How do we measure distances across the universe?

22 February 2009



How do we measure distances across the universe?


Chris Smith shed some light on this question...

Chris - This is a very difficult question to answer, or at least it was.

The problem is that, if you're looking at stars in the night sky, if a star is at a certain distance from you, its brightness can't really be used as a measure of how far away it is because a bigger star will be brighter to begin with; and because light gets dimmer the farther it is from you, a big star can be a lot farther away than a small star and yet they'll both appear exactly the same brightness. How do you solve that one?

This kept astronomers guessing for a very long time until about the turn of last century. A woman in contact with Hubble, after whom the Hubble Space Telescope is named, solved the problem. Her name was Henrietta Levitt and she was looking at star charts. She noticed that some stars appeared to get bigger and brighter and then dimmer and weaker. They did it with a regular period. These have now become known as the "stellar yardsticks". They're called Cepheid variables. They're stars that swell up and shrink down.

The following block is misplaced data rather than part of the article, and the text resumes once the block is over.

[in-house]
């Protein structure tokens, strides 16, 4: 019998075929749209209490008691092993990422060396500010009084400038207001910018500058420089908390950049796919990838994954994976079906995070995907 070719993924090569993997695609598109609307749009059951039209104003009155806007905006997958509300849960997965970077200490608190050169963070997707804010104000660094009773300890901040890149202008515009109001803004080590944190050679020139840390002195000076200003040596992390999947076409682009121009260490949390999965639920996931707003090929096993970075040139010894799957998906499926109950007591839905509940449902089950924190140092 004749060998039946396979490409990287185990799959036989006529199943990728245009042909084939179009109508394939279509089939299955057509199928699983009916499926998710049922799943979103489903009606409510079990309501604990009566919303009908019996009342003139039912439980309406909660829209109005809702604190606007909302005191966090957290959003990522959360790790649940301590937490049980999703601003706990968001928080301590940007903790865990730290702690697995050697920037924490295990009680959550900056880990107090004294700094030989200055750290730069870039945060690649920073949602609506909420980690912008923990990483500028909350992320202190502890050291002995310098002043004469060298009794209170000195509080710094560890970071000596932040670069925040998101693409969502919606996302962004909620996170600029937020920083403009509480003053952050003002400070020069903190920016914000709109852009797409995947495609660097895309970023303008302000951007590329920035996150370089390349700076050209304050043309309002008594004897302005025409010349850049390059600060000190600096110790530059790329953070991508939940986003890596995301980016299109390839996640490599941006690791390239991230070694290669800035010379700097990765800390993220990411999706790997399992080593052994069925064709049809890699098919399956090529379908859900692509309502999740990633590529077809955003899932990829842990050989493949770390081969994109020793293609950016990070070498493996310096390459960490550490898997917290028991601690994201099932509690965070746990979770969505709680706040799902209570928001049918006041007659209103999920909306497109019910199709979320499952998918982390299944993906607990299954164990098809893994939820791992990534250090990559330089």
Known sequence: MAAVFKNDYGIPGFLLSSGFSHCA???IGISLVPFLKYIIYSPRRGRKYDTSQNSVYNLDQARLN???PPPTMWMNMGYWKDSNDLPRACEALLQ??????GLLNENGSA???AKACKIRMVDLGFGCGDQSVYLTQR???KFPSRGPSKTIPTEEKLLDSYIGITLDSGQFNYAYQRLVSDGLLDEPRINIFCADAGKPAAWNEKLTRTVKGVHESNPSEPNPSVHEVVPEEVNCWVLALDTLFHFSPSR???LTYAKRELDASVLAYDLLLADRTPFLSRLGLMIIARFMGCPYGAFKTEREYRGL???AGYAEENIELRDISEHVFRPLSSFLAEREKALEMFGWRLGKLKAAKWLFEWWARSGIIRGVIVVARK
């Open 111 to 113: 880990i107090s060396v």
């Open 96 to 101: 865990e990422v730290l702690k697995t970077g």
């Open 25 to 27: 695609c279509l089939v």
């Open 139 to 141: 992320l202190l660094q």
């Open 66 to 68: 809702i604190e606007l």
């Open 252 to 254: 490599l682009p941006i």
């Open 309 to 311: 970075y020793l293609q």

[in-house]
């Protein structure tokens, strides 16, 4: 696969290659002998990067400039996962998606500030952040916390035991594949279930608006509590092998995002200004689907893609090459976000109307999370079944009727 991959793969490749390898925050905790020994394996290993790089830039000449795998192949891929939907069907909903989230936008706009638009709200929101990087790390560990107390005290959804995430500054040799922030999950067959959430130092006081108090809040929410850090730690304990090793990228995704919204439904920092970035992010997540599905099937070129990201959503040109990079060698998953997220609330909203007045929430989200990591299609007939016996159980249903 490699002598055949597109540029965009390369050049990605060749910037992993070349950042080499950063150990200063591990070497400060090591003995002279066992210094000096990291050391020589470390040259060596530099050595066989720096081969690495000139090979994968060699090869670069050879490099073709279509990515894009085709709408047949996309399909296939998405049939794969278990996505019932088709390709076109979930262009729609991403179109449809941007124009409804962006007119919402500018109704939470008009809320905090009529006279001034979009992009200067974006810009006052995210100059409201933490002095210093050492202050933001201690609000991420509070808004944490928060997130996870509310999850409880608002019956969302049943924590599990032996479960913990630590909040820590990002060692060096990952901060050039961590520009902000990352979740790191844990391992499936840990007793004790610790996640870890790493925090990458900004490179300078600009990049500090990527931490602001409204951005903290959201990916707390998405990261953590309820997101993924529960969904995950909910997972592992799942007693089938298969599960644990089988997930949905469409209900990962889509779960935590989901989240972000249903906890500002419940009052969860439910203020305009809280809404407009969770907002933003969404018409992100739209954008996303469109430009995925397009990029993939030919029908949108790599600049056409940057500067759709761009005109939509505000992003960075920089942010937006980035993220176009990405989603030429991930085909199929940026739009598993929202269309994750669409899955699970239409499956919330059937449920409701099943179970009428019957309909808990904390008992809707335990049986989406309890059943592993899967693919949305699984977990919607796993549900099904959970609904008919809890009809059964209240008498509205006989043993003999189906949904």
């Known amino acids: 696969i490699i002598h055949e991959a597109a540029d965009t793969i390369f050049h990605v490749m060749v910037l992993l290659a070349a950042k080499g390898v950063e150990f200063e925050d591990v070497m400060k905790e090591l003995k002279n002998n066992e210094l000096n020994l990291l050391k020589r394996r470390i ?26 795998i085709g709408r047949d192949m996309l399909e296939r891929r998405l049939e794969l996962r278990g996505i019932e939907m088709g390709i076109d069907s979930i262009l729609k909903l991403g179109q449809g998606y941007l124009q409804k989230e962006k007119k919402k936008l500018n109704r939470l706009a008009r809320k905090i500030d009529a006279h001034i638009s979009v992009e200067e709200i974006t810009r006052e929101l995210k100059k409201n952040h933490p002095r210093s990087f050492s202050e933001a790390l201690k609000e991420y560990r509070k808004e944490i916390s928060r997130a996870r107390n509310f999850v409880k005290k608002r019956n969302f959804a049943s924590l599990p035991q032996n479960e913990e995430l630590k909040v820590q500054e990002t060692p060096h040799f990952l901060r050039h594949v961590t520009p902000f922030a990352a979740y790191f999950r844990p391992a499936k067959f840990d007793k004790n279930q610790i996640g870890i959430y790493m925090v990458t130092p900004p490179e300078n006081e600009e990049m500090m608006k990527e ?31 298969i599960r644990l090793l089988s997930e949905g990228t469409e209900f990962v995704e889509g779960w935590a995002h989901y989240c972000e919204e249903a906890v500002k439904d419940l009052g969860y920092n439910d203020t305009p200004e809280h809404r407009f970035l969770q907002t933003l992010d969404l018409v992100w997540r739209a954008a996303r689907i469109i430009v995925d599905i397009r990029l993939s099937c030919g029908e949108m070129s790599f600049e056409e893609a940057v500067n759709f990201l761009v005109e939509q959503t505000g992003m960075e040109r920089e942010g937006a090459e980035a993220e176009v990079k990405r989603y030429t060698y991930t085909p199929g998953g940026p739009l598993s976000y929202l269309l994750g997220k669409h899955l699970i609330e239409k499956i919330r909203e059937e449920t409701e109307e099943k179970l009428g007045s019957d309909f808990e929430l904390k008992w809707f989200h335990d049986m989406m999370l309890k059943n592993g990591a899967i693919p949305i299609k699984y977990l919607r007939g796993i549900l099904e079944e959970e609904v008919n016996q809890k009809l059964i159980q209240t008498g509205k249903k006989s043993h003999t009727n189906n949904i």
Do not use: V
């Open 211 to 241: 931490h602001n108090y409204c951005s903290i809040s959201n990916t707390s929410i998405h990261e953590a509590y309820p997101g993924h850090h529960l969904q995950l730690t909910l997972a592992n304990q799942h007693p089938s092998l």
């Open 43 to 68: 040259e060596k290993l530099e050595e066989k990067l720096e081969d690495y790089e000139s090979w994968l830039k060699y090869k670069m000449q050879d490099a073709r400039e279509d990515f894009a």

Because the period at which they do that varies with the size of the star, you therefore know, if you look at how often a star like that is blinking on and off, how big it is. Therefore you know how bright it is. Because light follows an inverse square law you can work backwards to work out how bright that star must be and therefore how far away it is.

Scientists now use these Cepheid variables when they look at a distant star structure they can use the period of any Cepheid variables that are there to work out how far away those particular entities are. That's a stellar yardstick and it was solved by a lady at Harvard a hundred years ago.


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